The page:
The executive committee recommended senators not pass the resolution.

“We feel the best way to approach this is to earmark an amount of funds for graduate programs,” instead of creating a Graduate Student Fund along with its own committee, Healy said.

“I’m open to suggestions and changes,” Sellers pleaded in her final statement before debate.

Then debate began.

“All student groups, graduate and non-graduate, must go through the same process to obtain money from Senate Fund,” Sen. Jonathan Lane said. “I can’t see why we need to make a graduate fund just so we can make it easier for them.”

A 14 to 9 vote closed Senate debate on the resolution.

“I’m pretty disappointed that we don’t want to further debate this. Please think about this and how this could benefit the school. By benefiting one corner of the university we’re benefiting the entire school, and that’s what we’re here for,” Sellers said in her closing speech.

The resolution flopped in an unfavorable 5 to 16 vote.

Other Old Business:

– Senate passed a resolution to amend the Student Senate bylaws regarding the Summer Executive Committee.

– Senate passed a resolution encouraging that the SMU administration demonstrates SMU’s commitment to environmental stewardship procurement/development policy.

– Senate passed a resolution to amend the Student Senate bylaws.

– Senate passed a resolution recognizing the tremendous accomplishments of Meadows Dean Carole Brandt.

Celebration and tradition themed the first half of Student Senate, as Healy gave out Student of the Year awards and passed on student body president “hand-me-downs” to incoming President Taylor Russ.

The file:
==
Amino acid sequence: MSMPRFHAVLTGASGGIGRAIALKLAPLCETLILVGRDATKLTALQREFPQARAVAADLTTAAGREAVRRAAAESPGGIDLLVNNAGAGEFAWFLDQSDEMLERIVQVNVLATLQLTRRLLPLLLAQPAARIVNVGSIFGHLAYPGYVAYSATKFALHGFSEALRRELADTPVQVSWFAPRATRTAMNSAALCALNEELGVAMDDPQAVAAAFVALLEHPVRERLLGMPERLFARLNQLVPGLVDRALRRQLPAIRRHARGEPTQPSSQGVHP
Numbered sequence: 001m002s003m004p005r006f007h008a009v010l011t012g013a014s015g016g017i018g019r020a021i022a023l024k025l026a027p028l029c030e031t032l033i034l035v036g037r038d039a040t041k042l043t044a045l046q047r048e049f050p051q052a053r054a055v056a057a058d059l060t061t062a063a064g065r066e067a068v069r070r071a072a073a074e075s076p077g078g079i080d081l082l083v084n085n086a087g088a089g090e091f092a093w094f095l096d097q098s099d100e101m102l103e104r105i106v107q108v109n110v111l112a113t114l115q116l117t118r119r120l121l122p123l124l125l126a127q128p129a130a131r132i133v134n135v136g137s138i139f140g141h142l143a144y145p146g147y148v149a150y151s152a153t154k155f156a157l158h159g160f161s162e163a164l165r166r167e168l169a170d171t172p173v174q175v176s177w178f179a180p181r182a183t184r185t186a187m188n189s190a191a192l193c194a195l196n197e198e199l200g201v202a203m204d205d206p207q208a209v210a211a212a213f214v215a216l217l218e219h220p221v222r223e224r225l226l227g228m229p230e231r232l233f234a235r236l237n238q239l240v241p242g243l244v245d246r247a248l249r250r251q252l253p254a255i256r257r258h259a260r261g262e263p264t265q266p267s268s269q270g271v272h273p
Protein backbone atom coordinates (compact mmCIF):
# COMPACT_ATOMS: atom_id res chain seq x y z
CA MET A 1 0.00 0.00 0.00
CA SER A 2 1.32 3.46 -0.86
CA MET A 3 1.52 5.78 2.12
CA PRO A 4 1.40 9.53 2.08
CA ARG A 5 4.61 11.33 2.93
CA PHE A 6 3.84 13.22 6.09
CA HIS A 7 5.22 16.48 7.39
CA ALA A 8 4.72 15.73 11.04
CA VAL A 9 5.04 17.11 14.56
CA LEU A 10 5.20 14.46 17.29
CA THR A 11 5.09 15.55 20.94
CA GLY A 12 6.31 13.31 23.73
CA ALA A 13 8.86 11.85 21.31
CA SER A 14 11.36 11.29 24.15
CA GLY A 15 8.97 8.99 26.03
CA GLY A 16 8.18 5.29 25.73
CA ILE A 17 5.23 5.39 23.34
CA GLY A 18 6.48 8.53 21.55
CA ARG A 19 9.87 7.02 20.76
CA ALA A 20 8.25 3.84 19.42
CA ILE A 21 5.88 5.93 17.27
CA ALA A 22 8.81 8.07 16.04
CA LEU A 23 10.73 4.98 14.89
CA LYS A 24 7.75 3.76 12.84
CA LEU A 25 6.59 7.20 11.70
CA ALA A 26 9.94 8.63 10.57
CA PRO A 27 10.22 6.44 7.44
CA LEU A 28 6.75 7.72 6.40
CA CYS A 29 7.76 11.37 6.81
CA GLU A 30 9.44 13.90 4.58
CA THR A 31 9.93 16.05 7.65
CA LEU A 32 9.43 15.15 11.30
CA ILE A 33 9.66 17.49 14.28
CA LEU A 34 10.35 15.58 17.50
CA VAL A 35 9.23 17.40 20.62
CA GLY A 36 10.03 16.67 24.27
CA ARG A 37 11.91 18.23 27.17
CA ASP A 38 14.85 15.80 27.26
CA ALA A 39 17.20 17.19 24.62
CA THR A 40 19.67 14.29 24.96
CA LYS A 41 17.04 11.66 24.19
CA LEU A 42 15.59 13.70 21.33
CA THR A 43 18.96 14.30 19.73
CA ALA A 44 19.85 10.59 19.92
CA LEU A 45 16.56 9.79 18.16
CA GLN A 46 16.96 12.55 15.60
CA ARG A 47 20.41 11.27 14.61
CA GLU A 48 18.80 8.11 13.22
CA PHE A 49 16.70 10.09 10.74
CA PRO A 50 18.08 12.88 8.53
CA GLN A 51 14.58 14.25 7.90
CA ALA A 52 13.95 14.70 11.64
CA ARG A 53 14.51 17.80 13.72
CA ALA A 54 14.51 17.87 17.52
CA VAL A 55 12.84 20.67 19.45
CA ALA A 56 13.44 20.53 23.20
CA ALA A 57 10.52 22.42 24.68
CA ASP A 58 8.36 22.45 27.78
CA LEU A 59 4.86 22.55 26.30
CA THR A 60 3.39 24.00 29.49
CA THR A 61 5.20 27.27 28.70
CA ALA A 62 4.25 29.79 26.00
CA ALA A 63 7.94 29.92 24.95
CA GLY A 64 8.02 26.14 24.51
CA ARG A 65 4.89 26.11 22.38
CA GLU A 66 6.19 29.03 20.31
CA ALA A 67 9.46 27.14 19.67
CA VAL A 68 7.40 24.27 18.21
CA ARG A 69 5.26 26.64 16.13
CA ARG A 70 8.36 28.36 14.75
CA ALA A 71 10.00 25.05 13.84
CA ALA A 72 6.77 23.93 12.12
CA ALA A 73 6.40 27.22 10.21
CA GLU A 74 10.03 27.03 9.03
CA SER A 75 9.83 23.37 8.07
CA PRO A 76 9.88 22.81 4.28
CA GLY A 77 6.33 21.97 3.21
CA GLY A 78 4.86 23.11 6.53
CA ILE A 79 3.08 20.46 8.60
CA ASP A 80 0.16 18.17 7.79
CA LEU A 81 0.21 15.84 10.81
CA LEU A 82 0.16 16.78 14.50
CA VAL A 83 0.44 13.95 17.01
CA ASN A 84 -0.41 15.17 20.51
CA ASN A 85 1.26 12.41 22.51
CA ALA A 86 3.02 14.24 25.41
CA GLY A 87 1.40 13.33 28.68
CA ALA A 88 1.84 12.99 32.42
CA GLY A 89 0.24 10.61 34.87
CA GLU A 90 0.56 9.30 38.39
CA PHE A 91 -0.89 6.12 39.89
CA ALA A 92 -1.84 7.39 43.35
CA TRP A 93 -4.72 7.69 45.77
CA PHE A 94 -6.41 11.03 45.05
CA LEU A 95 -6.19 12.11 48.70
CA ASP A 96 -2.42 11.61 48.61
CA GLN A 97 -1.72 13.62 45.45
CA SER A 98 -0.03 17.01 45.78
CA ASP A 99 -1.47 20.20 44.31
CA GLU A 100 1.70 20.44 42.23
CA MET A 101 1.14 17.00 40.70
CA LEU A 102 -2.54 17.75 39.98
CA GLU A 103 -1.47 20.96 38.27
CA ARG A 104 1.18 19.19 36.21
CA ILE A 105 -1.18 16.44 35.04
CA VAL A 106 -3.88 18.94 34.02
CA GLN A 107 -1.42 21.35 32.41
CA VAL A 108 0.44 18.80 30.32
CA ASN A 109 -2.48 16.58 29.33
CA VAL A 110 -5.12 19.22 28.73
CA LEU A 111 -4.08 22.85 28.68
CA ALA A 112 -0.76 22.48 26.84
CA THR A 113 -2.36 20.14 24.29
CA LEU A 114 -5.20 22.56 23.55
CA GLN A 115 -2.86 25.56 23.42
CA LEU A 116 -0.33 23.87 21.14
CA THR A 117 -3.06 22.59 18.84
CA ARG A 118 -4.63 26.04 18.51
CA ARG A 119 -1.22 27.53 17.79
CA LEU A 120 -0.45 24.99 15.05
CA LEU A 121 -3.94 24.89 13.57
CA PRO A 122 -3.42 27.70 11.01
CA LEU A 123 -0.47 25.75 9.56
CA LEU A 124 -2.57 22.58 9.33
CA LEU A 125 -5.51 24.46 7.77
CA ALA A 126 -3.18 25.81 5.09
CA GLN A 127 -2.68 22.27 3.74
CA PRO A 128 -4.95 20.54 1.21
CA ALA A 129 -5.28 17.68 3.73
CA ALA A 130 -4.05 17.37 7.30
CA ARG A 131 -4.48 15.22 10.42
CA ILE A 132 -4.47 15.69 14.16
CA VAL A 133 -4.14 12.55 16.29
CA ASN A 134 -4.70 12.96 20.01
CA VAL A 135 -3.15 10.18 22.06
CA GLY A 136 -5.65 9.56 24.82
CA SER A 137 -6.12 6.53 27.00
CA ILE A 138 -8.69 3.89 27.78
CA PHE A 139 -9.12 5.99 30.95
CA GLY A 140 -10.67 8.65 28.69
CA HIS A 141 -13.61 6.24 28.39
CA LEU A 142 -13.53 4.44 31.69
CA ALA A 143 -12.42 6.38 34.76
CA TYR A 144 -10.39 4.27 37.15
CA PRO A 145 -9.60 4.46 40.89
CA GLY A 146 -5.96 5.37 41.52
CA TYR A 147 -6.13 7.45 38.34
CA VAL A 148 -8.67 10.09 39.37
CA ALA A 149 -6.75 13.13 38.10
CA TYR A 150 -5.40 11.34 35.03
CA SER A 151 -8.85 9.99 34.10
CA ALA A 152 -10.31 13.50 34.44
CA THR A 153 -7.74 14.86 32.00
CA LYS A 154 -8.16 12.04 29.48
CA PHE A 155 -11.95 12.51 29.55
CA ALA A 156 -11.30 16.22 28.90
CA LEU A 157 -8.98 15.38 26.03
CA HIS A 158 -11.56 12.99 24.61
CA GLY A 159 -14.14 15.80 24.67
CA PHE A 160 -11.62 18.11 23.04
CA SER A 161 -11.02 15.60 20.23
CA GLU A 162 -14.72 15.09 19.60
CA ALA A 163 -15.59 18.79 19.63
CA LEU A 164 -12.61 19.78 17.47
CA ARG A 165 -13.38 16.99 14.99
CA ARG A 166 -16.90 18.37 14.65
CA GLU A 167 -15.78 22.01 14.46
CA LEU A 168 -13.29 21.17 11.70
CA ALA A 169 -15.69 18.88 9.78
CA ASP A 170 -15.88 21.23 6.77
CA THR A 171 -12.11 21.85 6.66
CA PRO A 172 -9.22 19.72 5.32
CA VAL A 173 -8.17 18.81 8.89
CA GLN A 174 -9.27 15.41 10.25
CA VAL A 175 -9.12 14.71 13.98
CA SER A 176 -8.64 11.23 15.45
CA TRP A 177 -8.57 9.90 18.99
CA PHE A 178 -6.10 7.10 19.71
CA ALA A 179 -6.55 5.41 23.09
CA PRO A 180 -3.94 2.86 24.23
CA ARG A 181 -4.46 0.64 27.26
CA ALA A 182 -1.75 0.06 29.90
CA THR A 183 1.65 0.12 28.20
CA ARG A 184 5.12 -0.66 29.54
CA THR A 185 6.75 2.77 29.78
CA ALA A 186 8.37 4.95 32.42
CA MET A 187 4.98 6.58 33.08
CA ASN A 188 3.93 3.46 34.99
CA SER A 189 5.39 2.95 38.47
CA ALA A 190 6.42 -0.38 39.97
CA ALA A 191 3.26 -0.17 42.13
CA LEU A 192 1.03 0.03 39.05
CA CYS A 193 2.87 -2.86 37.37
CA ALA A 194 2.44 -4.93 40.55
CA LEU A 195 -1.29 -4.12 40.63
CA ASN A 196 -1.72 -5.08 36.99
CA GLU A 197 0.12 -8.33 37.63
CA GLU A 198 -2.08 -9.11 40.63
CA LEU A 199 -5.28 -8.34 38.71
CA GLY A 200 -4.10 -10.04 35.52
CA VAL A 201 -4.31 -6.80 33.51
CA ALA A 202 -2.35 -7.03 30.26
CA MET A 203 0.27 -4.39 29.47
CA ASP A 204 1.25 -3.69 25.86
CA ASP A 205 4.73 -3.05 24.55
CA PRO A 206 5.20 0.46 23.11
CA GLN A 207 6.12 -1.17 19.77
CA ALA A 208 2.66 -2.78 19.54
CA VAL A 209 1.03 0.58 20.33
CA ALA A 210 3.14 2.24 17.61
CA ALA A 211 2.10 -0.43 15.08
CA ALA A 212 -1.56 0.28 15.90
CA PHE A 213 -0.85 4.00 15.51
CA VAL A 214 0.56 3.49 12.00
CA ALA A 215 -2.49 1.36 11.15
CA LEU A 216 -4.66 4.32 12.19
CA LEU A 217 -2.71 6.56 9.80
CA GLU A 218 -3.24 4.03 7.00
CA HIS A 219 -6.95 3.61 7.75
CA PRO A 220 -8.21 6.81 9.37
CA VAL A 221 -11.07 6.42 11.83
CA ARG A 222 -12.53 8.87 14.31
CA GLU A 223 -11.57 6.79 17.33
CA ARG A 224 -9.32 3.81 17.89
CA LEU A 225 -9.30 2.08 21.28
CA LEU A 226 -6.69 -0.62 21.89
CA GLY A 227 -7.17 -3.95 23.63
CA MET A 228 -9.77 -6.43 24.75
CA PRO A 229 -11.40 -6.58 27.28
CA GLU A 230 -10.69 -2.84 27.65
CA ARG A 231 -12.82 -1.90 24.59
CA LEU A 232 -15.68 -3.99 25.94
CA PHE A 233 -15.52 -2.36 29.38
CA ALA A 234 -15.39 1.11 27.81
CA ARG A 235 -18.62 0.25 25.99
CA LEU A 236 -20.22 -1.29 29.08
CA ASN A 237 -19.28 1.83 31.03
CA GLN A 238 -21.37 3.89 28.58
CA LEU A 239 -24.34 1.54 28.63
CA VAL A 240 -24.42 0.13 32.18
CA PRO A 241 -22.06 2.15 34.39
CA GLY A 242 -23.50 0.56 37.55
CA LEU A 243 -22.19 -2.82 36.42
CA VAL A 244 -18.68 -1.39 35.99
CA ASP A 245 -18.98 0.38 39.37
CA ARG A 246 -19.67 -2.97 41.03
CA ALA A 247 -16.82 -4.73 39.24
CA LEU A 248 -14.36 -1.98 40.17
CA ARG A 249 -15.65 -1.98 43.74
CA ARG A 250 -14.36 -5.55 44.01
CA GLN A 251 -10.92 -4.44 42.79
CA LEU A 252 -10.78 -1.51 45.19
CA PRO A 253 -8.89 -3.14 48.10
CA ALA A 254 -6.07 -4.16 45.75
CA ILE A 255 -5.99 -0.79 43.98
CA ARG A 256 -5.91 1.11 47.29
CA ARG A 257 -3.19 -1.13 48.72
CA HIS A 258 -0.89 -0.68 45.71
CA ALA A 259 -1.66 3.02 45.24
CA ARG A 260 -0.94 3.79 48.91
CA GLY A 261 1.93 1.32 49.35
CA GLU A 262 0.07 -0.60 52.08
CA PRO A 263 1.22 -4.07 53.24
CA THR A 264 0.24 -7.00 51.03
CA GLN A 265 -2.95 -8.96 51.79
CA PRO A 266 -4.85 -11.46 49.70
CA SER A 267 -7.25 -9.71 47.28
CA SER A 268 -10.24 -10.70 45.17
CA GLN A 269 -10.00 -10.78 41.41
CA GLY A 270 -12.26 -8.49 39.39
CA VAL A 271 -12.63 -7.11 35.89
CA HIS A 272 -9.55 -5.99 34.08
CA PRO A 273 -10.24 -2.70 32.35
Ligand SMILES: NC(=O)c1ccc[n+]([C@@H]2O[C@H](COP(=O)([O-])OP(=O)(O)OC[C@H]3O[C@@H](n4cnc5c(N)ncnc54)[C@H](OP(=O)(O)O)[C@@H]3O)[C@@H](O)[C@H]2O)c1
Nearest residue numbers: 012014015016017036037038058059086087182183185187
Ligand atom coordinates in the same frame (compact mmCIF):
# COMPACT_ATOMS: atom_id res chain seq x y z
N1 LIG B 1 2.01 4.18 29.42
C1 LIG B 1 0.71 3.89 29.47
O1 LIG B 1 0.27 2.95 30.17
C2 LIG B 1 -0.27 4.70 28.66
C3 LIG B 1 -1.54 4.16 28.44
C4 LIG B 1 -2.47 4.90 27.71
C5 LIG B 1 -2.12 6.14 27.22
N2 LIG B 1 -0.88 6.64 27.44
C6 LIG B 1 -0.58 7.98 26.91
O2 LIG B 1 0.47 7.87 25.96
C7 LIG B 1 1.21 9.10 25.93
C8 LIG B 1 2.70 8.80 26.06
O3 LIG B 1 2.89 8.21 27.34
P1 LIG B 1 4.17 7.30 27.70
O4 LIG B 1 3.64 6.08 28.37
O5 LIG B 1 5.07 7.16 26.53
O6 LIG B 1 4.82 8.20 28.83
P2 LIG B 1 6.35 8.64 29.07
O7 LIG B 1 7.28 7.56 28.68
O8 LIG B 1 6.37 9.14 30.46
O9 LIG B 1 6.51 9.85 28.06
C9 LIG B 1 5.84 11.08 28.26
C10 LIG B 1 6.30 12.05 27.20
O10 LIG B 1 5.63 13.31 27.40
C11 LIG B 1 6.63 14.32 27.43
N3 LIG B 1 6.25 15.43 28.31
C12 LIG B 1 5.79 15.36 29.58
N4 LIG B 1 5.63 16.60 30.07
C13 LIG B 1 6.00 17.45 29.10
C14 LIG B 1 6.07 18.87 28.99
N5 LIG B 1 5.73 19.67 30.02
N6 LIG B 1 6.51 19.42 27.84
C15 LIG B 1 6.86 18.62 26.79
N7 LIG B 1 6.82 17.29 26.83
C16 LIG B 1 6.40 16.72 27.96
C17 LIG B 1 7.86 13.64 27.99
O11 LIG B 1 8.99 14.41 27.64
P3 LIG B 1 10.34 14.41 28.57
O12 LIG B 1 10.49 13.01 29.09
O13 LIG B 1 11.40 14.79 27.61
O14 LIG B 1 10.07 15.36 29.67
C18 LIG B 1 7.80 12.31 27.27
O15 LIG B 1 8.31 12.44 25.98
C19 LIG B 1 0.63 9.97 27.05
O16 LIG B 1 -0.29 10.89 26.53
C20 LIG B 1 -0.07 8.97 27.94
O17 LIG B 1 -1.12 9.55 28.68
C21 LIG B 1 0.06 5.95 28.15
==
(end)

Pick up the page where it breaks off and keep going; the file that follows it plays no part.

Healy presented Senate of the Year awards throughout the first half of the meeting, honoring the following community members:

Organization of the year, S.P.A.R.C.; Faculty/Staff of the year, Program Council advisor Traci Ray; Student of the year, Ad Director Lisa McCurley; Senator of the year, African-American Sen. Lee Hinga; Chair of the year, Environment Chair Joseph Grinnell.

During Healy’s executive report, she presented Dedman College Dean Jasper Neel with a plaque of appreciation on behalf of Student Senate and the campus community.

“Being at this university is a blessing I never would have expected, so thank you very much,” he said.

Dean Neel’s tenure as dean ends at the end of the school year. He will continue to teach in the English department.

During Speaker’s Podium, a representative from SMU Rides shared data about the program’s progress this school year. The service, which is run in conjunction with the SMU Police Department, is available for students who are in need of a safe ride to and from a place on campus after dark. This year, student drivers escorted provided 195 rides and spent a total of $2,933, according to a preliminary report from March 9. Its last day of operation for the school year is April 29.